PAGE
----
Episode 200: Crazy work work stories

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🎉🎉🎉 Celebrating 200 episodes! 🎉🎉🎉

In this special episode, Dave and Jamison share crazy work stories contributed by listeners to celebrate 200 episodes of Soft Skills Engineering

  1. Right out of graduate school I was in the process of interviewing and got through two phone interviews to get the final in-person interview at a location-based startup. The office was mostly sales but also had a small dev team.

    The in-house recruiter gave me a rough itinerary two days before: get there at 8AM, have four hour-long interviews with the team, then possibly a coding “quiz.” I was skeptical of what the quiz was but all she said was that everyone who got through the other interviews wouldn’t have a problem, it was multiple-choice, and it would take less than half an hour. I get to the office 20 minutes early but have to wait 45 minutes more for my first round of interviews because an internal meeting went over; the recruiter apologizes and asks if I want breakfast, and I say I’ll take something small like a bagel; she says okay and disappears from the room never to return with food.

    I get through the culture interviews just fine, though I thought it was a bit odd that several of my interviewers (including a VP) brought in their catered breakfast/lunch into the room but never offered me to get some and I had to go find my recruiter so I could get a cup of water between interviews.

    The final interview was with who would have been my boss: the senior engineering lead. She proceeds to ask me the normal bank of engineering questions and then lets me ask anything. She starts sending me the vibe that the engineering team isn’t really respected and that as a junior I’d be expected to put in overtime and be on-call on weekends without comp-time and without being able to have a say in when I would be on-call. Then I get some seemingly weird questions: Do you work well with loud noises? How noise canceling are your headphones usually? Is it okay that I would develop on a Windows machine?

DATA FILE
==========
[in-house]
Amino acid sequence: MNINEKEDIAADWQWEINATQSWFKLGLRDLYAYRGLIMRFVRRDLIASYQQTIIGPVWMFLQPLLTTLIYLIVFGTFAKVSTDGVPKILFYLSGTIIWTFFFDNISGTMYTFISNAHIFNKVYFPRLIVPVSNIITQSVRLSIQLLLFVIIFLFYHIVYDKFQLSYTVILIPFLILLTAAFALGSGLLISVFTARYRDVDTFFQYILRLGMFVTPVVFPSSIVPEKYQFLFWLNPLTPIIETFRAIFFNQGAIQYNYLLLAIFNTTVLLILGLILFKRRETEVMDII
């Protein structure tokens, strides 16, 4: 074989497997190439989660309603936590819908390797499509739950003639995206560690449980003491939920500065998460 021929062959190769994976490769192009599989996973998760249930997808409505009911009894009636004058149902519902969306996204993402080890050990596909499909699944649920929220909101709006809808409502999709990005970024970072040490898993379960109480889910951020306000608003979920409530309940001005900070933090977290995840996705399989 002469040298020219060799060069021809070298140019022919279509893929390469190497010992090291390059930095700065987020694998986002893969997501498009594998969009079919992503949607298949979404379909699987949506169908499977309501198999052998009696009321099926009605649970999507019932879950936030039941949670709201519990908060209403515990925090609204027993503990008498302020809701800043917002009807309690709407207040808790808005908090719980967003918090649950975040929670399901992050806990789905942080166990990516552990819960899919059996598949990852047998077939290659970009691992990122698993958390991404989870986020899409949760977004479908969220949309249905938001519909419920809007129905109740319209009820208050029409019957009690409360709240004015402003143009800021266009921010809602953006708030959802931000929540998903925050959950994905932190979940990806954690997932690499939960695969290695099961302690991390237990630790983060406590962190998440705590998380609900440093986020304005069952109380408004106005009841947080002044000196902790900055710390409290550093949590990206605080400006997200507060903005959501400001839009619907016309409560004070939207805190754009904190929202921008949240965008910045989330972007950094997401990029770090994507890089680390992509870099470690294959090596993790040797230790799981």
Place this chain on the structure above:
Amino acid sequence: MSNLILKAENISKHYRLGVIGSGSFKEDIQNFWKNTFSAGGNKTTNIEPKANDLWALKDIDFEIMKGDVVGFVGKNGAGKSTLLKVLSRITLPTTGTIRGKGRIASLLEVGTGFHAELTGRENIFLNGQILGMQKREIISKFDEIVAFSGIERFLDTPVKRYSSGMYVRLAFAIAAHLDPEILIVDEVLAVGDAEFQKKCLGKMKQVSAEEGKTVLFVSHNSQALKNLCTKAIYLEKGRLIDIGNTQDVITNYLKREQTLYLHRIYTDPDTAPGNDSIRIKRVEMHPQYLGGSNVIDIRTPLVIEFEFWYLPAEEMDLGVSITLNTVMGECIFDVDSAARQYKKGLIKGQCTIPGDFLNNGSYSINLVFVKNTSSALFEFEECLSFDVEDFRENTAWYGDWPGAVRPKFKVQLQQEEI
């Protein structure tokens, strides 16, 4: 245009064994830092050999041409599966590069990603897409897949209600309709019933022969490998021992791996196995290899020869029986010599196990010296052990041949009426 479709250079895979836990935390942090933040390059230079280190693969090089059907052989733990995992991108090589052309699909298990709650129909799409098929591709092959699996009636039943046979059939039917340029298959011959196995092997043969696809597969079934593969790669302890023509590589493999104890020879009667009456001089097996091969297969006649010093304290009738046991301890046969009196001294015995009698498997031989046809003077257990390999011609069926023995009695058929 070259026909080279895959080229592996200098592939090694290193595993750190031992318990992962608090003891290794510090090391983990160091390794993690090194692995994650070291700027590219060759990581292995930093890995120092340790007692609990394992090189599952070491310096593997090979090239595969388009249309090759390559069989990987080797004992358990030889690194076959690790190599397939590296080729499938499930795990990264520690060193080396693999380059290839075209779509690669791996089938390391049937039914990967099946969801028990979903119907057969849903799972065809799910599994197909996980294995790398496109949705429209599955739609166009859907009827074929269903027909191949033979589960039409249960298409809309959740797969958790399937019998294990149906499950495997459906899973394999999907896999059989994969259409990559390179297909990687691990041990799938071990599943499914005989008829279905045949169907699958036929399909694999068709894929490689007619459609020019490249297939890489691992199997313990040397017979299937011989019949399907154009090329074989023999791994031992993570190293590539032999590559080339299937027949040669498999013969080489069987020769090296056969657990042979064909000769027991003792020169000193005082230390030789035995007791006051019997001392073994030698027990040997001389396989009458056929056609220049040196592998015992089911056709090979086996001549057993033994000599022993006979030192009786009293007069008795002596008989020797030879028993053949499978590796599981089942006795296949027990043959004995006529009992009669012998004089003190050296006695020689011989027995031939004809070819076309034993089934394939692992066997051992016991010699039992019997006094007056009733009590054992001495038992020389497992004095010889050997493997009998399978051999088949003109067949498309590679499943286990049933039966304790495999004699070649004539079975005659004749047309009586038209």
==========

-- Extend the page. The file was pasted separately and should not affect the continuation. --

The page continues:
The engineering lead takes me to the recruiter’s office so I can wrap up the day but the recruiter had left early and nobody knew where she had gone so I was escorted to the front door by a receptionist and left. I didn’t hear back for a week and got a call late in the evening saying they had moved on with other candidates. A few days later I got an email from the engineering lead apologizing for my experience and that they were revising their hiring process due to my experience.

  2. Hi Dave and Jamison,

    I have a crazy work story to share for your 200th show!

    In my first role as a developer I was working for a small agency building websites for clients. One day I was uploading a new site, which involved FTPing into the server and doing all the config myself. I didn’t really know what I was doing, all of this terminal stuff was pretty alien to me at the time. For some reason or another I needed to change the permissions on the files for this site, so I uploaded it to the server and ran a chmod, (which was a brand new concept to me - luckily Stack Overflow had my back. OR DID IT?) Anyway, when I ran the command, my terminal went crazy and way more files went flying up the screen than I had for my website, so I thought ““that doesn’t look right””, hit ctrl-c and went to lunch, thinking I’d fix it later.